At one time, orchids—one of nature’s most charismatic flowers—bloomed all around South Florida.
Yet, as more people reached Florida at the turn of the 20th century and picked the flowers to take them home, that natural growth dwindled.
Fairchild Tropical Botanic Garden in Coral Gables hopes to reintroduce native orchids to the Miami area with its Million Orchid Project.
Staff members and volunteers at Fairchild are planning to grow millions of native orchids in targeted urban areas in and around Miami, including schools, parks and neighborhoods. Leaders at Fairchild got the idea from a similar model at the Singapore Botanic Garden, which replanted the country’s native orchids on city street trees.
The Million Orchid Project has three goals, Amy Padolf, Fairchild’s director of education, said.
“We want to conserve endangered South Florida orchid species, we want to include educational components to get kids involved, and we want to add urban beautification,” Padolf said
At Fairchild’s micropropagation laboratory, orchid seed capsules are growing in more than 1,000 test tubes. Each seed capsule could potentially generate more than 12,000 seeds.
Orchid species they are growing include the butterfly, cowhorn, dollar, cockleshell, and pink orchids (love those names!).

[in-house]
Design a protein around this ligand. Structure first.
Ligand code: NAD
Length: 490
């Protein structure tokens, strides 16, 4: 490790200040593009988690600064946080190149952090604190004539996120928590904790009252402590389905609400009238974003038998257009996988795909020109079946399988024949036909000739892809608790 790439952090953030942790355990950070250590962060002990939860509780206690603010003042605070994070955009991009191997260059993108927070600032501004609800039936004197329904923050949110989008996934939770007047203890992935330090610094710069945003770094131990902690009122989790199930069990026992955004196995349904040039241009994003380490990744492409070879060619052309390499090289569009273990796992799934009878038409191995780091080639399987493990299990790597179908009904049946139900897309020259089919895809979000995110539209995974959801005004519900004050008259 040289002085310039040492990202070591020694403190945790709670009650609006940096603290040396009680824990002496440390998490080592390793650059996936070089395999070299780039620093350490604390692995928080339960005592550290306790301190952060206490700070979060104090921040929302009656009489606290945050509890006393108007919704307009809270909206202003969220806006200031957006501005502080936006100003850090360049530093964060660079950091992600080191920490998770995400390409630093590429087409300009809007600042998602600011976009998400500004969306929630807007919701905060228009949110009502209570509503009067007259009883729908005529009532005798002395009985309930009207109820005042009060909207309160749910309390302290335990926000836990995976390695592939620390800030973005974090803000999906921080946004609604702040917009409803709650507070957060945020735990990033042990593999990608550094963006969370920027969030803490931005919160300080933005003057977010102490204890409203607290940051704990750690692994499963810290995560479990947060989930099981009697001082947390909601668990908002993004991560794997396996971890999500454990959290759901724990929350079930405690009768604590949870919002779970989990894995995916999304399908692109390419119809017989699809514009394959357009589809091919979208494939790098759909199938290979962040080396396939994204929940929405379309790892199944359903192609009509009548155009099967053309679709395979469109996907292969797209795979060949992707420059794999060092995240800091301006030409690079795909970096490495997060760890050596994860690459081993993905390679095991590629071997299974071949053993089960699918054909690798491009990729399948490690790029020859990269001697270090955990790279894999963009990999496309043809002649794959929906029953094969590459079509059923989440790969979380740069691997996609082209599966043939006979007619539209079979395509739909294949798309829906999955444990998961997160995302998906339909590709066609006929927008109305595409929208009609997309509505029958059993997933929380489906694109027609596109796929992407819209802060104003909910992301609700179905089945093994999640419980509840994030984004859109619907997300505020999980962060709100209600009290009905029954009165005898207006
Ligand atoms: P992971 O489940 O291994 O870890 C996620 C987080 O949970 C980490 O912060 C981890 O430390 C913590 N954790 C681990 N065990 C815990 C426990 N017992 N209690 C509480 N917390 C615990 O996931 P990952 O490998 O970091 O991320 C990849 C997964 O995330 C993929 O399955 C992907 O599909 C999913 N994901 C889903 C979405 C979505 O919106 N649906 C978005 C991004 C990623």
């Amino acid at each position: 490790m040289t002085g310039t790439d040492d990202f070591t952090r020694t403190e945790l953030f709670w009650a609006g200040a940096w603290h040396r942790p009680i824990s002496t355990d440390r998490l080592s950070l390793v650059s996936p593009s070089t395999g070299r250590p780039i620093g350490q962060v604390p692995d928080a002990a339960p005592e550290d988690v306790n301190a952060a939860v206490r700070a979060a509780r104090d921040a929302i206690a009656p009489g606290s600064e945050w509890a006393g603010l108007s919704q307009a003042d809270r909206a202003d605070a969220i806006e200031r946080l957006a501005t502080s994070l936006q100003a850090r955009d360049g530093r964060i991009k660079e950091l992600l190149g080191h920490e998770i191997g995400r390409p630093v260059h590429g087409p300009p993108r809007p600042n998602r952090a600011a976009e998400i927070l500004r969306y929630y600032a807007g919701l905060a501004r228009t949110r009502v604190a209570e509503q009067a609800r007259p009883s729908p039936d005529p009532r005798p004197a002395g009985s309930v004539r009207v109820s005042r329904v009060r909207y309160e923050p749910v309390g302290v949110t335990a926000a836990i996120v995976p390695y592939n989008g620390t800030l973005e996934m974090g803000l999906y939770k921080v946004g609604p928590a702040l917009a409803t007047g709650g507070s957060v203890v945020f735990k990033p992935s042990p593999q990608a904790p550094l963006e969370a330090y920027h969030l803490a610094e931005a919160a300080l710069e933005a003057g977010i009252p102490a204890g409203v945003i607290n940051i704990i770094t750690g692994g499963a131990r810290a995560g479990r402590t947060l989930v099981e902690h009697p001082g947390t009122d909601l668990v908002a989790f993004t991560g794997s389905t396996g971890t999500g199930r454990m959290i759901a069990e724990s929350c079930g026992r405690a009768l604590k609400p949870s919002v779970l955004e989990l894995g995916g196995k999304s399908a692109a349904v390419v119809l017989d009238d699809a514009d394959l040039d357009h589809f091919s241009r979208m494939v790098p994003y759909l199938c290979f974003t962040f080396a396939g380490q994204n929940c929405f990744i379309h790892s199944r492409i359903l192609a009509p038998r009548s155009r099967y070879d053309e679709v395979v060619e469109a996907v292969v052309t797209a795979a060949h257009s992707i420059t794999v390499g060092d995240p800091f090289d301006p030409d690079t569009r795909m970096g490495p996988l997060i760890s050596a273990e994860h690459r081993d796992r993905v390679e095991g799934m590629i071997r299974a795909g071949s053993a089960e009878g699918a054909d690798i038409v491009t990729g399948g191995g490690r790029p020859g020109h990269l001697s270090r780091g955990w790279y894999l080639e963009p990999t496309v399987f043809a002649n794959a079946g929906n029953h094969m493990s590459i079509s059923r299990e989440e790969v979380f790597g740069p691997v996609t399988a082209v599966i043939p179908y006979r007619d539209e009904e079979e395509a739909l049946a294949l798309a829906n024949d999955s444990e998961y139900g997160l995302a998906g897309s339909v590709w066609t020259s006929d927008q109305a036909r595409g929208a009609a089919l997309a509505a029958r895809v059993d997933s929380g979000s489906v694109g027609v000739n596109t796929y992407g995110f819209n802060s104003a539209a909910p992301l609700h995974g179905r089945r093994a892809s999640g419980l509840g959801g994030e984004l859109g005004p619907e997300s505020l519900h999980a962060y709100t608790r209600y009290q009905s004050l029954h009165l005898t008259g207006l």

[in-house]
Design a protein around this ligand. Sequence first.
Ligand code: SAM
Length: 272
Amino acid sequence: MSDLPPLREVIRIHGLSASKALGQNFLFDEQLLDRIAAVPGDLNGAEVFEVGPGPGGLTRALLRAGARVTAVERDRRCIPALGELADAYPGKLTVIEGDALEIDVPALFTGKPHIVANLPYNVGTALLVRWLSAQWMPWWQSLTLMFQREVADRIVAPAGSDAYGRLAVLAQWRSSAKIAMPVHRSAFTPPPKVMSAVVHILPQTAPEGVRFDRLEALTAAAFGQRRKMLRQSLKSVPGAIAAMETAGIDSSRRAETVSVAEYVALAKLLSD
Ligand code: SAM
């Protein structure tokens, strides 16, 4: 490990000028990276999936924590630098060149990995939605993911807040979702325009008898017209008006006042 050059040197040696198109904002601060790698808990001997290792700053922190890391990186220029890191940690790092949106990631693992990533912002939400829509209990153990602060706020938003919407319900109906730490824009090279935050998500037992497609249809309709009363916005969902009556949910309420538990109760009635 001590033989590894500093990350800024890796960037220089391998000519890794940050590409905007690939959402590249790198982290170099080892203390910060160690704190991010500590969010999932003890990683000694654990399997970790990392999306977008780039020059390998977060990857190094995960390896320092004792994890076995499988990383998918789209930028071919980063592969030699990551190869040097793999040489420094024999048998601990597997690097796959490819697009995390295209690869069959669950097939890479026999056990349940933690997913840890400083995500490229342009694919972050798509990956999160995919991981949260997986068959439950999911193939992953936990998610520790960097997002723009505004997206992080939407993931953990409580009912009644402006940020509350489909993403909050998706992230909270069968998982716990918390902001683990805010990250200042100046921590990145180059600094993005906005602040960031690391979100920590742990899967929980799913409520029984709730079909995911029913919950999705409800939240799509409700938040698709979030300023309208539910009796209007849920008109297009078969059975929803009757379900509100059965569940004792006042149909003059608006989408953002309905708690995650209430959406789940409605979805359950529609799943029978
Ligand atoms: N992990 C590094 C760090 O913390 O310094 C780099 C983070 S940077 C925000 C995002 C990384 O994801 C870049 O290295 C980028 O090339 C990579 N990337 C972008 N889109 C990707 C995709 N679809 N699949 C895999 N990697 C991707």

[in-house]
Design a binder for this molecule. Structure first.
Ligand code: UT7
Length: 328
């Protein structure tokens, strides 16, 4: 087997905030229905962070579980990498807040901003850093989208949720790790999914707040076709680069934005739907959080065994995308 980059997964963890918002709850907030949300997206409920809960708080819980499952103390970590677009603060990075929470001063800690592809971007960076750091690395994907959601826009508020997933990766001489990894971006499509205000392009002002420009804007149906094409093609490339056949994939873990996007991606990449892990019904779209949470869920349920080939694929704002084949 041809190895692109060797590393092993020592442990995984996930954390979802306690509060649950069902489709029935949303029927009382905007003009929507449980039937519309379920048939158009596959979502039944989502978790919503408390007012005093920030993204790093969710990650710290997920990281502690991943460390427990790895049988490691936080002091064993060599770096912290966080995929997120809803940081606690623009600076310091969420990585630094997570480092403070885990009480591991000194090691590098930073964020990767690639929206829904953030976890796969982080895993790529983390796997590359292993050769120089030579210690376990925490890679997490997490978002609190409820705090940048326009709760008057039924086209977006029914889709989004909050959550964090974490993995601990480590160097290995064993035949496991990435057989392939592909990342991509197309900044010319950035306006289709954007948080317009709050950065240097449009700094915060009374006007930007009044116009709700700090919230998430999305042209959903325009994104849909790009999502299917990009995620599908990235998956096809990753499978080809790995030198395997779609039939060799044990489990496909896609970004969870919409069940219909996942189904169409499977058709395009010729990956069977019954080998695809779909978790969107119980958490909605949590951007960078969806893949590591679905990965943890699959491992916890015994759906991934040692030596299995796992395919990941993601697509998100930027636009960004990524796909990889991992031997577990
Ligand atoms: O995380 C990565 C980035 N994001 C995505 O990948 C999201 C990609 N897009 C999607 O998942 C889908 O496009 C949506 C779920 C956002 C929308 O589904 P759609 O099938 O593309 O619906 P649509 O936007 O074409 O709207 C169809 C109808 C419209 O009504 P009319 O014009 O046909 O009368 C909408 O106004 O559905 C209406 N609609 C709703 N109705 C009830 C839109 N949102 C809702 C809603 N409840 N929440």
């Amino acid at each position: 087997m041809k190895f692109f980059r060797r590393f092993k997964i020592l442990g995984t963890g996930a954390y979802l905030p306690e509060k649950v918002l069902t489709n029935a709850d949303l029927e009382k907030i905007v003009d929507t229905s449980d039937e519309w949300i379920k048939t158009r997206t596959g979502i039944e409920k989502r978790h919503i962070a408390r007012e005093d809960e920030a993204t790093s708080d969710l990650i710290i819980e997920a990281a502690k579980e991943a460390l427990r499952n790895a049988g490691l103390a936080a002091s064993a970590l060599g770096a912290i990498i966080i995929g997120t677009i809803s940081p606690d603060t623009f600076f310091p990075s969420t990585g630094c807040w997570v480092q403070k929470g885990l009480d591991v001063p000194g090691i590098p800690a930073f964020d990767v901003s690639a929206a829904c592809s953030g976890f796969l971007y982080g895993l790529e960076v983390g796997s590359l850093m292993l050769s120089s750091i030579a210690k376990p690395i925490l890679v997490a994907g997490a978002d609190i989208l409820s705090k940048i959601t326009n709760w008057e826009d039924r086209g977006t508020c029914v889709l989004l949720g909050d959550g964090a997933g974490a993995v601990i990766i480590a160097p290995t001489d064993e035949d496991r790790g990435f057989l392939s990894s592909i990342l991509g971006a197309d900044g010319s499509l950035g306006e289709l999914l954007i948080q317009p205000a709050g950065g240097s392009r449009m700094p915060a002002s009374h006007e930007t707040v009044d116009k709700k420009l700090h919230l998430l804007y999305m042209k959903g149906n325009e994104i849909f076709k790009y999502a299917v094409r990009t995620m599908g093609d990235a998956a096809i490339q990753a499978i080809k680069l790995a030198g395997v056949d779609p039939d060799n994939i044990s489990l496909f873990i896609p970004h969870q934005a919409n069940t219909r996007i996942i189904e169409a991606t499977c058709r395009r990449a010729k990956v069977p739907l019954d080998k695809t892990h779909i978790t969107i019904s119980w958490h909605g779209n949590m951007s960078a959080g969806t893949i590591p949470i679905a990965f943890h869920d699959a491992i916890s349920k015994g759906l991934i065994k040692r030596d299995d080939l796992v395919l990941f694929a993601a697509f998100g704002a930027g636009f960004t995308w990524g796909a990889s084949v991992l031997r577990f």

At the Miami magnet school TERRA Environmental Research Institute, students this past school year helped track growing conditions for 10,000-plus orchid seedlings kept there.
The information students collected on lighting conditions and growth provided helpful data for Fairchild, said Padolf. Just three weeks ago, students were able to take their orchid seedlings and plant them in trees at TERRA.
The experience helps students to learn about science and have a sense of ownership once the orchids bloom, Padolf said.
Other South Florida schools are starting to participate in the orchid project, as well, Padolf said.
Fairchild also did a planting outside of Coral Gables City Hall earlier this year, Padolf said. Although a number of South Florida areas are vying for orchid plantings, Fairchild is deciding where to plant other seedlings based on the trees available, tree locations and other factors. For example, the orchid seedlings need to be planted on certain kinds of trees, such as live oak trees, Padolf said.
There are some native orchids that still grow in South Florida, including two types that occur naturally at Fairchild, but they grow in very small numbers.
Although orchid seeds can move in the air by the wind, they need to land in “just the right location” to grow properly, according to information on the project from Fairchild.
The odds of those seedlings landing in a perfect spot are low in South Florida’s urban environment.
Both Fairchild and the American Orchid Society, which is housed at Fairchild, have partnered to undertake the massive project.
Although Padolf wouldn’t reveal the project’s exact cost, she said they are using a number of funding sources and are searching for more funding to help support the manpower involved with the project.
In five years, Fairchild believes the blooming orchids will be in numerous urban settings. The folks at Fairchild are well aware that some thefts will occur.
“We know some people will take the orchids,” she said. Still, Fairchild knows the orchid project will bring beauty and a sense of pride to residents who will enjoy seeing the sensual flowers regularly.